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Perceived Risk

(pp. 82-84)

People often avoid trying something if it appears risky. This can include creative activities. For example, think of dancers or gymnasts executing intricate moves, or actors doing precarious stunts. Safety can be a concern. In such circumstances, it makes good sense to carefully consider the extent and nature of any danger and, if need be, to back off. However, individuals who won’t sometimes take a risk may never know how much they might accomplish.

Risk can loom large, and sometimes it seems scarier, or more dangerous, or bigger than it really is. It’s helpful to determine if a situation is low-risk (requires taking a chance but isn’t perilous) or high-risk (can threaten your health or well-being). What’s the evidence? Can you make the situation less risky? It also helps to determine the importance of doing the activity. Is it necessary? Enticing? A whim? Are others depending on you? Can you be careful?

If you want to be creative but you’re struggling with the idea that it could be a risky undertaking, here are a few tips:

  • Get to know your capabilities, and build upon those. Take extra time to strengthen your knowledge and skills because increased know-how can reduce risk.
  • Have a friend or someone you can depend on help you out by providing guidance, advice, or reassurance, or by sharing the load.
  • Read about strategies that others have used to manage or lessen risk.
  • Divide and conquer risk by starting with what makes you feel secure or comfortable—such as making sure you have the right safety equipment—and then pacing yourself.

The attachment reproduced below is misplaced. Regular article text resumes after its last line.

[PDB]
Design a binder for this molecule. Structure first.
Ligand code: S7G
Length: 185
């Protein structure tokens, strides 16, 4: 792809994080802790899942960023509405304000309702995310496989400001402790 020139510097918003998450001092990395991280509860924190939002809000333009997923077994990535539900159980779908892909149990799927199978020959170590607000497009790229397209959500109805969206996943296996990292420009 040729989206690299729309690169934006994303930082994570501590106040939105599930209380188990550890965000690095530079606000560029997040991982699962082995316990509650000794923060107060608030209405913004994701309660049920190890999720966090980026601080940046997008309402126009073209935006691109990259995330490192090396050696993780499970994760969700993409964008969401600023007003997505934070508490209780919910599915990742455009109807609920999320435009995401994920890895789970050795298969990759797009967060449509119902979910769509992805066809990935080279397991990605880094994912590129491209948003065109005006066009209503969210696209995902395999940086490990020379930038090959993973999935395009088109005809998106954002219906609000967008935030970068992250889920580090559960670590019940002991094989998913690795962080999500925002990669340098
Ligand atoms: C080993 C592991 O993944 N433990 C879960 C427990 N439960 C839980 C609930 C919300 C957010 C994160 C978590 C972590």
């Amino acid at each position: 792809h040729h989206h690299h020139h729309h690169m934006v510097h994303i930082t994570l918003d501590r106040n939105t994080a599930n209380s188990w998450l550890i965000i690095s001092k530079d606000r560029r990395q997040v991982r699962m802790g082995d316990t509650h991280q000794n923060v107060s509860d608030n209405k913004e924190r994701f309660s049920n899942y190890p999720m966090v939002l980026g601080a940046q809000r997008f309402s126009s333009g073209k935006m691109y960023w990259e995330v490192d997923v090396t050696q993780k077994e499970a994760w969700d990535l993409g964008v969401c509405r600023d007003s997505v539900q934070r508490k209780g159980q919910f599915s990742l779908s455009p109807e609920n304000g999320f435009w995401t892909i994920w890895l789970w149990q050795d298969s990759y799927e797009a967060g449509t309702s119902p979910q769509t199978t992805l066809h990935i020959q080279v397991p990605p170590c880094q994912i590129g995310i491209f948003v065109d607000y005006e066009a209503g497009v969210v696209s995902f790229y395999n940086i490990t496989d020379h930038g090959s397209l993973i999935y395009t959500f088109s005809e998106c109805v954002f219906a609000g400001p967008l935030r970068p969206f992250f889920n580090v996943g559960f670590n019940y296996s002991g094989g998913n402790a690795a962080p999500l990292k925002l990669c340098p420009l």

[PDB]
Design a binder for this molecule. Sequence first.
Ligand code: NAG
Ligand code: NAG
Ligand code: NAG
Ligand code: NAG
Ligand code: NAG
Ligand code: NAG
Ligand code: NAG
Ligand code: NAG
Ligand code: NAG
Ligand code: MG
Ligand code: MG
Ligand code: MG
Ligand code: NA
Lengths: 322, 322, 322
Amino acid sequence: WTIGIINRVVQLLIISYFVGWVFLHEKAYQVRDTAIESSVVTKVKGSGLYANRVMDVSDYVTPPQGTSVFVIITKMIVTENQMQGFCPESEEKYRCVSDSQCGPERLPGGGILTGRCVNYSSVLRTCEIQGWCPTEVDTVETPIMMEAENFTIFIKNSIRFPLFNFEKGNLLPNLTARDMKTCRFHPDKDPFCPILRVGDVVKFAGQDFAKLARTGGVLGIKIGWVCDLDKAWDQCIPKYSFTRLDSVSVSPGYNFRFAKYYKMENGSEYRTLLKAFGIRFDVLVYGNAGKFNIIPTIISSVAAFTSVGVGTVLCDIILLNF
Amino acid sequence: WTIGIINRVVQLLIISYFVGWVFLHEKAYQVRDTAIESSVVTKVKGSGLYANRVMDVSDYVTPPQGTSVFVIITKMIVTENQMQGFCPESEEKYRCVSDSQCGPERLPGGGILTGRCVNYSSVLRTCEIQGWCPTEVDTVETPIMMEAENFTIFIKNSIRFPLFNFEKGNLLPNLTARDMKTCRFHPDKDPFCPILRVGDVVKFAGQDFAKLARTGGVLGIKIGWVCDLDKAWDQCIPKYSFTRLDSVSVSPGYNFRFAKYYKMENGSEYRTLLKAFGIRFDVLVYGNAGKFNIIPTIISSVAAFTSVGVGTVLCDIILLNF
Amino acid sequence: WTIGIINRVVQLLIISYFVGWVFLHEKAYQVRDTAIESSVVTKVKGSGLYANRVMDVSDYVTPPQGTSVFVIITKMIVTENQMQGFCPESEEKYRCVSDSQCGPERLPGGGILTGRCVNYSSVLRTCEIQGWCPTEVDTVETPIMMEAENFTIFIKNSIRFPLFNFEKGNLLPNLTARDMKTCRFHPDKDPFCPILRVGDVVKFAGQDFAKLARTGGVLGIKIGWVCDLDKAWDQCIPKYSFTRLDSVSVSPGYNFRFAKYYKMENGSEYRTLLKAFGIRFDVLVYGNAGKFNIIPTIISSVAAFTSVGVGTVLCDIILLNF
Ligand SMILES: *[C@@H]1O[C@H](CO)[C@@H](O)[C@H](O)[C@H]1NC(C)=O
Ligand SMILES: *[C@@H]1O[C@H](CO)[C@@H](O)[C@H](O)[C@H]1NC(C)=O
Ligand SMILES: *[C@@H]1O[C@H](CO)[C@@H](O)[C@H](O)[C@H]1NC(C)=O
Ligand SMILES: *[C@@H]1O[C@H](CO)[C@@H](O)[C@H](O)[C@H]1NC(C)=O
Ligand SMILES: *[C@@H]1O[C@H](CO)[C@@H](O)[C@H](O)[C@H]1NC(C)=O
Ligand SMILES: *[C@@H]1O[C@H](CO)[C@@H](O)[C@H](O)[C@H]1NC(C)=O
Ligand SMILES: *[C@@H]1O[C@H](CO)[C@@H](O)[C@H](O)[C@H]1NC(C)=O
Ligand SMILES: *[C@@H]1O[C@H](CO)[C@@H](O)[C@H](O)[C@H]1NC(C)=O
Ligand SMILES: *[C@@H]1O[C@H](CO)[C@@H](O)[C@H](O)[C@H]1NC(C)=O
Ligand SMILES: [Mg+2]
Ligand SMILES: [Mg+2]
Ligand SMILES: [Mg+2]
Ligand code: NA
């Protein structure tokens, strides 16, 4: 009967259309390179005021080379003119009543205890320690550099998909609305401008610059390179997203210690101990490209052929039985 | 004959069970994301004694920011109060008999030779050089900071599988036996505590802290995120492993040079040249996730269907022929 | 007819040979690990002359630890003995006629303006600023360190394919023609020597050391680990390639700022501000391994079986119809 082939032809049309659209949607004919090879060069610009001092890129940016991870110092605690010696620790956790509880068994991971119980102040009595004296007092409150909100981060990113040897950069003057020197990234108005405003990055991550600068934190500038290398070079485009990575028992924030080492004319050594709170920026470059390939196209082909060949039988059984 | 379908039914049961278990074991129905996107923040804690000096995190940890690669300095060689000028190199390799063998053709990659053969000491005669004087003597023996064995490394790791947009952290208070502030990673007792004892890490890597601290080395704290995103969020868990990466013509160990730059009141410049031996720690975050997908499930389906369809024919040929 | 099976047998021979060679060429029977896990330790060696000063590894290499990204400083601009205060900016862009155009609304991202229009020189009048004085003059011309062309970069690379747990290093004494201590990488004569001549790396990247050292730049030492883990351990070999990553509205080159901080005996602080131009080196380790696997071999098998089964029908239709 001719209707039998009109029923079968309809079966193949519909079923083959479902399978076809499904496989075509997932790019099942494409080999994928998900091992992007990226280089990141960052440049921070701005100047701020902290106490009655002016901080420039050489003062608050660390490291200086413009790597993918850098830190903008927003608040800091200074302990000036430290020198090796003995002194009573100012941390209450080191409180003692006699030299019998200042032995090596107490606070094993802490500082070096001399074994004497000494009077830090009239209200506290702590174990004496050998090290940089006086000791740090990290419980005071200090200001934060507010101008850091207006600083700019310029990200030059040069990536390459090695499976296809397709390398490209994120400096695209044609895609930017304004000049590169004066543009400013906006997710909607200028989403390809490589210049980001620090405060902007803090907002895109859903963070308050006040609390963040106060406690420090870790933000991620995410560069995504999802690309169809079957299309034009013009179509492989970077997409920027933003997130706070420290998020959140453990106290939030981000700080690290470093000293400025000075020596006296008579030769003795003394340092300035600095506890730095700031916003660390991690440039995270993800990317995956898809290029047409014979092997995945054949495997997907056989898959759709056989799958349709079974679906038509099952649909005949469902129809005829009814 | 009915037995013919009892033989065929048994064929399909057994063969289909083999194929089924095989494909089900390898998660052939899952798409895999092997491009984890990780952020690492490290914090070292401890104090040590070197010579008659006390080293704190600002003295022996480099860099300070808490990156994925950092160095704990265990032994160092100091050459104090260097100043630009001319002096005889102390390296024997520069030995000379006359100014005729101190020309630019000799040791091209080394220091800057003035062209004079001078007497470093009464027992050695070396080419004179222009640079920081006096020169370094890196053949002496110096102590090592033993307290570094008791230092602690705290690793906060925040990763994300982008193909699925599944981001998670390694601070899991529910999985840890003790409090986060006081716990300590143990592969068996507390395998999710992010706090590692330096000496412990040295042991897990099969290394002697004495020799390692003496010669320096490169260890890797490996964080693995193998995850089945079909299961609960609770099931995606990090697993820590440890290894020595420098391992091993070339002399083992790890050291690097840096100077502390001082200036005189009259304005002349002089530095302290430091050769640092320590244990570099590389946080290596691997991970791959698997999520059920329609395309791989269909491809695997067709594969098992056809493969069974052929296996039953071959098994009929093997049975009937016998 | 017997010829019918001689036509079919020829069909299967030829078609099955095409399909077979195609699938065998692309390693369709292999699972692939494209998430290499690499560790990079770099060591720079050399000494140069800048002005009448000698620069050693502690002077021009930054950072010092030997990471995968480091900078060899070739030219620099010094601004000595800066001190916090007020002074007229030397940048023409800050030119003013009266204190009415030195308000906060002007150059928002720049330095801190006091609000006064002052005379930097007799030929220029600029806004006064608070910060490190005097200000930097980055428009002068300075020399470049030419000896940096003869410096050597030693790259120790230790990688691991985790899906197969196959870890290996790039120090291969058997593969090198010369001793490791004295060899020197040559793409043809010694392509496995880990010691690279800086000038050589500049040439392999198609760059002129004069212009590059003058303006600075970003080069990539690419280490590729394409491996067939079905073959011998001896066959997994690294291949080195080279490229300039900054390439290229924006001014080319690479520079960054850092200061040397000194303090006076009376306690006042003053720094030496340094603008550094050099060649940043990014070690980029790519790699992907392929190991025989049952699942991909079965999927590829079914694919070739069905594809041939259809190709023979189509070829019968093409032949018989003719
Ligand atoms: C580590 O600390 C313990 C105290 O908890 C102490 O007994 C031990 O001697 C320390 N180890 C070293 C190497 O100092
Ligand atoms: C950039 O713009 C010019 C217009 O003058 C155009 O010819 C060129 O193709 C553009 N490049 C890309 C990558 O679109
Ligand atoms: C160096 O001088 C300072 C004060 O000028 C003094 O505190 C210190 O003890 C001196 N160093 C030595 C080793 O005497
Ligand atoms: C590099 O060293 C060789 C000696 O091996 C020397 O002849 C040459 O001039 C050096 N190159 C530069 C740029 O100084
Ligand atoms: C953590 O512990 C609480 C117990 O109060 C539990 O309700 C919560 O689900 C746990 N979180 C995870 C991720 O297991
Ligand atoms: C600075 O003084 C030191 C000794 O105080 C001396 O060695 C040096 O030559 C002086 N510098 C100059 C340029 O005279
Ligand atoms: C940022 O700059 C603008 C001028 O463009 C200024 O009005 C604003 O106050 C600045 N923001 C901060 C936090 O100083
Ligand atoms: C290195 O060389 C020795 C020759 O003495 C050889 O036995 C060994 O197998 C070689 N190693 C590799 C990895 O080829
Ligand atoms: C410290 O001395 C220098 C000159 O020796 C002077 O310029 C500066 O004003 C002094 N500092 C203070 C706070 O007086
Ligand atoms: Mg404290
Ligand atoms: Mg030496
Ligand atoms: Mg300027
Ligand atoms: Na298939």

• Keep kindling your resolve as you proceed through and beyond a risk. Figure out how to intelligently mitigate or work around risks so “nevers” become “maybes” or thoughtfully considered “possibilities.”
  • Appreciate that many things worth doing require some risk— for example, making new friends, or singing or speaking in front of an audience—but each achievement is a chance to discover creative outlets.
  • Change the concept of risk to adventure, opportunity, or escapade. This can reinforce your desire and creativity. Enjoy the thrill, build your strengths, and rise above any deterrents.

You are in charge of your own actions, creativity, and effort!

Dr. Joanne Foster

Dr. Joanne Foster, an acclaimed author and educator, has dedicated over 35 years to gifted education and child development. With expertise in psychology and special education, her work empowers parents and educators, fostering creativity and high-level learning in children and teens. Dr. Foster has written countless articles, and several books—the most recent being Ignite Your Ideas: Creativity for Kids.

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